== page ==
The peer was thirty years younger than the queen and handsome, something which helped Elizabeth to overlook the fact that he was also vain, ambitious and highly unstable. She gave him command of her army in Ireland, but the young man's behaviour became increasingly outrageous. In September 1598, for example, he returned to England without permission from the queen and burst into her chamber while she was dressing.
Essex had plans to take power from Elizabeth, intending to imprison her and rule through her as Lord Protector. On 8 February 1601, he locked some members of the queen's council into his London residence, before taking to the streets with a party of dissaffected friends, including his Catholic stepfather, Christopher Blount. He hoped to attract support to his rebellion from the people of London, but met with no success. Instead, finding himself with only his initial 150 armed men, Essex locked himself in his house.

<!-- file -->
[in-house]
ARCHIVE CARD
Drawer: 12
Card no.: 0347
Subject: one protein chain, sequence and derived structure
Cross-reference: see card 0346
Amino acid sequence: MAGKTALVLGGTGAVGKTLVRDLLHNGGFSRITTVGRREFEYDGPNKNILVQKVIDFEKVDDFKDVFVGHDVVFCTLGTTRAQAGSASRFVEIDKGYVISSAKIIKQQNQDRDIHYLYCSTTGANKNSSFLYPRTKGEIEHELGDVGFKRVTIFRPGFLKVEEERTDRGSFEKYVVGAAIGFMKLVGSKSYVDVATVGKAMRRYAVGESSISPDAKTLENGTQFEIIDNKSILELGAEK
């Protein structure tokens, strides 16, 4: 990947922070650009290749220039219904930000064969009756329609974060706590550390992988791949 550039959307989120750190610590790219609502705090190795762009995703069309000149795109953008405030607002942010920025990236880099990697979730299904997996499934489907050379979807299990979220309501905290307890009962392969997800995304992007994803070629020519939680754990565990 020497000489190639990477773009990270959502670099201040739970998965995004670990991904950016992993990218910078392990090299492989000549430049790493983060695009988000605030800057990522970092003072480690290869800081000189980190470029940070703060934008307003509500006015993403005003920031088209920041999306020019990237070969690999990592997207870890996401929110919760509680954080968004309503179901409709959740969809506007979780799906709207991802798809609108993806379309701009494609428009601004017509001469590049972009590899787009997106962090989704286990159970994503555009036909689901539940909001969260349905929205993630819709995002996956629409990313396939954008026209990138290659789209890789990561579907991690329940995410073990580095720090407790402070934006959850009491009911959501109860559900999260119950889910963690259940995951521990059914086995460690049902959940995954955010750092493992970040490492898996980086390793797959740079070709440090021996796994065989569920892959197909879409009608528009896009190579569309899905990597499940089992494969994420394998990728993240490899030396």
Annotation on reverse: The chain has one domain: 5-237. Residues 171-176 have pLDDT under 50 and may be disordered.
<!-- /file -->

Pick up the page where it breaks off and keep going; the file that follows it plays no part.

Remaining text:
Although she had been fond of Essex, Elizabeth was prepared to show him no mercy, threatening to go out in person to arrest him and refusing to sleep until he had been apprehended. Finally, when she ordered cannons to be brought from the Tower to be fired on his house, the defeated Earl surrendered. Essex was executed on 25 February 1601.
The Tower of London, where the Earl of Essex died on 25 February 1601